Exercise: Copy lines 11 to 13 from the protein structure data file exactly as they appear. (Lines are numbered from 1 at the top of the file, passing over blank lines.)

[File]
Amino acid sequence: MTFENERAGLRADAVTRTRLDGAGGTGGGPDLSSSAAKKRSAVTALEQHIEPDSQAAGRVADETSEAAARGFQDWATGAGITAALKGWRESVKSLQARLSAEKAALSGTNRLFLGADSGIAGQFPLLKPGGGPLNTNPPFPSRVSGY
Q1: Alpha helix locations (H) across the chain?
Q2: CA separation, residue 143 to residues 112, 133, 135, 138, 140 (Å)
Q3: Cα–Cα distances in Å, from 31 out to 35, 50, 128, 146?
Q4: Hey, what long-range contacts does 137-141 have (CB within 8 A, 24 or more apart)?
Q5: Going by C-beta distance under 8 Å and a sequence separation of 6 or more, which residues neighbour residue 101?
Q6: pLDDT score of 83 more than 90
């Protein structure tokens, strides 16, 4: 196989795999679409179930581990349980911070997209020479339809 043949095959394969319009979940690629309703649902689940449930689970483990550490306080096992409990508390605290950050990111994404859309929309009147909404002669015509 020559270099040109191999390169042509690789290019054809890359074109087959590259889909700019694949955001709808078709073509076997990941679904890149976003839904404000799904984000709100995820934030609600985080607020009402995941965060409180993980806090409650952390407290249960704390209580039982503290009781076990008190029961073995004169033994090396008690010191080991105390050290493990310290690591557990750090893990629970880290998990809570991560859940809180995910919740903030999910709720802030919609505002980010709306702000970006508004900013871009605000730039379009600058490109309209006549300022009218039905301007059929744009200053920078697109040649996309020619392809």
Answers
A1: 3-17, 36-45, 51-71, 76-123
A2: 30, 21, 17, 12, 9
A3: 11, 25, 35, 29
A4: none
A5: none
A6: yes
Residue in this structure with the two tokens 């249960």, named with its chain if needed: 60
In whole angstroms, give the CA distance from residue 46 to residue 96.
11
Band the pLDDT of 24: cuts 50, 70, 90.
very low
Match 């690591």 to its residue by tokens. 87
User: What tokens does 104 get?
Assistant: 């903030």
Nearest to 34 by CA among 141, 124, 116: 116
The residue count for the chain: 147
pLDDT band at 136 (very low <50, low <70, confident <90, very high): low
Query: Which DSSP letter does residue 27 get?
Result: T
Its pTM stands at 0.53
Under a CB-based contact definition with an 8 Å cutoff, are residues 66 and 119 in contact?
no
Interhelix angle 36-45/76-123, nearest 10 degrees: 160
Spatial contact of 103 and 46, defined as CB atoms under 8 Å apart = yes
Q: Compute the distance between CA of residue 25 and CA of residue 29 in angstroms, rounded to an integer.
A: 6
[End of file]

A2: 30, 21, 17, 12, 9
A3: 11, 25, 35, 29
A4: none